Hyundai Motor helps to fight virusHyundai Motor, the nation’s leading automaker, is rolling up its sleeves to help the nation stop the Middle East respiratory syndrome (MERS) outbreak from spreading.
Most of the nation’s major conglomerates like Samsung have been focusing on improving hygienic conditions to protect their employees and customers. Hyundai is the first conglomerate to help local communities after it received an order from Chairman Chung Mong-koo, who said on Monday, “Mobilize every possible resource to stop MERS spreading to protect not only our business areas but also the nation.”
The company distributed about 50,000 antibacterial masks to local communities and helped fumigation of taxis.
With 24 local divisions nationwide, the company Tuesday said it has infrastructure available for anti-MERS activities including local dealerships. The company distributed 55,000 masks to 15 local communities including Seoul and Gyeonggi. The masks were distributed to Hyundai staff and to customers visiting Hyundai shops for free. The company also said it has planned to disinfect all of its facilities including repair centers, test drive centers, as well as dealerships this month.
The Hyundai chief also decided to sterilize 10,000 taxis managed by companies nationwide for free to prevent taxis becoming transmission routes for the virus. The company said it completed the disinfection of 800 taxis in the southern Gyeonggi regions including Pyeongtaek, Suwon and Ansung, on Monday. Pyeongtaek is the original ground zero of the MERS outbreak.
“We are telling our employees to keep themselves clean at all times to avoid MERS,” said a spokesman of Hyundai Motor.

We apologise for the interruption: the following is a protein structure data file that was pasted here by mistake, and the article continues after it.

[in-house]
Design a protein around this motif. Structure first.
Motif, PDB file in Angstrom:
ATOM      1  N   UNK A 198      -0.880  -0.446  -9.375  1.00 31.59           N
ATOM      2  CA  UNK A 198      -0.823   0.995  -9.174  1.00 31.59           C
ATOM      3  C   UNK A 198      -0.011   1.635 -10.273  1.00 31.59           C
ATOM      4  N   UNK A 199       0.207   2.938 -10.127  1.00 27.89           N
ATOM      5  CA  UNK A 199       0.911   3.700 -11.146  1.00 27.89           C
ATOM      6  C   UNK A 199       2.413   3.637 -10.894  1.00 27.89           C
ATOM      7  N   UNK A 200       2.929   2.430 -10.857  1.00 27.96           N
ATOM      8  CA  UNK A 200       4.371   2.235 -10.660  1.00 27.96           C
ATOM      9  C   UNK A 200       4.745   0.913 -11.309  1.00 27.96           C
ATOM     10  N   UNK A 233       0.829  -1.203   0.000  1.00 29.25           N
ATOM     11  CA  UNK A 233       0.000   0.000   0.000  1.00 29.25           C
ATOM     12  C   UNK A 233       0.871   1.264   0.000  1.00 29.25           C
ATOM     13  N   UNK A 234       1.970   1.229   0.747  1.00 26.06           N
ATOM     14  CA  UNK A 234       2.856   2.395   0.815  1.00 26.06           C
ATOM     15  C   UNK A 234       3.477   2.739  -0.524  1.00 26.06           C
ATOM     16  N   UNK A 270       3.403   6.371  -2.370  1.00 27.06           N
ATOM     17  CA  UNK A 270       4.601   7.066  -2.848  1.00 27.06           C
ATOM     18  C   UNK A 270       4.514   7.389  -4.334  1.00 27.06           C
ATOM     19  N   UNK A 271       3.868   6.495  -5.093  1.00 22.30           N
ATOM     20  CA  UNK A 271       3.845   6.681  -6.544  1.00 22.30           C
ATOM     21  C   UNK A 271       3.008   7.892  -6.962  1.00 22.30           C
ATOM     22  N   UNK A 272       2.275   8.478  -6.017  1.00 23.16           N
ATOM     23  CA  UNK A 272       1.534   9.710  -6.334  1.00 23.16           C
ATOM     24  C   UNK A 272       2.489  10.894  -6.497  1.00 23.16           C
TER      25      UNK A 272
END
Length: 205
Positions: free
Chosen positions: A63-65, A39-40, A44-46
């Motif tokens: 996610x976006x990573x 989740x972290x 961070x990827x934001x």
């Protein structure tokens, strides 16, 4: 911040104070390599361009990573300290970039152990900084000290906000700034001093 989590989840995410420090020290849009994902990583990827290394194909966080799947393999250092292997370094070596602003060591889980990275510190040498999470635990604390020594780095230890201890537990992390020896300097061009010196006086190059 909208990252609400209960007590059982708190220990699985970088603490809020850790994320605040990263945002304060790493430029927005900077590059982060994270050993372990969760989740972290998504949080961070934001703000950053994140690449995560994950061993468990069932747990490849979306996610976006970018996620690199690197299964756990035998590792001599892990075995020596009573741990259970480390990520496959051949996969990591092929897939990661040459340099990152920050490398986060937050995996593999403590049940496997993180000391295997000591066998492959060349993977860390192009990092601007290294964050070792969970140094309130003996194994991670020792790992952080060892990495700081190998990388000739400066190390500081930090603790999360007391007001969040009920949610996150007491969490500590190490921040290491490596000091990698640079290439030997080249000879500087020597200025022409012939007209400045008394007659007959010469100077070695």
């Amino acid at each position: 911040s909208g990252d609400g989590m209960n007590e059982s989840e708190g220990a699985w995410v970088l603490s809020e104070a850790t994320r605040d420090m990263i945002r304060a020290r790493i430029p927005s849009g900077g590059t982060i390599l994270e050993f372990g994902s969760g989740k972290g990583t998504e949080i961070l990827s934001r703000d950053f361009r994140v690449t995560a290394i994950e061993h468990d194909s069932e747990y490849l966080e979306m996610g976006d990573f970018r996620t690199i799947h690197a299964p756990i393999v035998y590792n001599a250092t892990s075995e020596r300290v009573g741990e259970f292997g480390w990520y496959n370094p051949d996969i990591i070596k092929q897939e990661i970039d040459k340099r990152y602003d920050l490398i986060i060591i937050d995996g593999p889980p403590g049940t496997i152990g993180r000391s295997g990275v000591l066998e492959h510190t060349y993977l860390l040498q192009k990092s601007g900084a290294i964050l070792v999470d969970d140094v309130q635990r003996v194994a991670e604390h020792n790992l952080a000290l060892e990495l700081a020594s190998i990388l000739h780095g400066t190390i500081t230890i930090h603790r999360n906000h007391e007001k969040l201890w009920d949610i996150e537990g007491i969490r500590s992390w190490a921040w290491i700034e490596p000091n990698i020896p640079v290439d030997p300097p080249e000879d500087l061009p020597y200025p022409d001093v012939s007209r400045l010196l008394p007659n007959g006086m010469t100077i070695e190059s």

Hyundai’s sister company Kia Motors also started sterilization operations in the Gwangju area starting Monday including Gwangcheon, Naebang, Yudeok and Hwajeong-dong, which will be host to participants in the Gwangju Universiade that kicks off July 3. The company said it will sterilize those areas once a week until July 20. “We wanted to protect the local community from MERS and also help the city host the universiade event successfully,” said a Kia spokesman.
Telecoms also jumped into anti-MERS acitivities. LG U+ said Tuesday it provided 1 million masks and distributed them for free from its 1,500 shops nationwide. When an engineer visits customers’ homes on service calls, they have been ordered to disinfect the customers’ door knobs, TV remote controls and computers using MD125, a bactericide approved by the Ministry of Food and Drug Safety.
The nation’s three major mobile carriers - LG U+, SK Telecom and KT - also said they will let people under quarantine use their data and voice call services for free in June.
The outbreak of MERS directly affected the country’s largest company, Samsung Electronics, as a worker in his 30s on a Suwon production line was confirmed to have contracted the possibly lethal virus. The company announced Monday that the worker was among several confirmed cases announced by Korea Centers for Disease Control and Prevention on Sunday.
Samsung Electronics is keeping 77 workers who came into contact with the man isolated to monitor their conditions.
“After we learned about the case, we’ve disinfected places where the infected worker worked and stayed three times,” a representative of Samsung Electronics said. “We also formed an emergency division that operates around the clock and ordered the division to examine the state of his colleagues.”
BY KWON SANG-SOO, KIM YOUNG-MIN [firstname.lastname@example.org]
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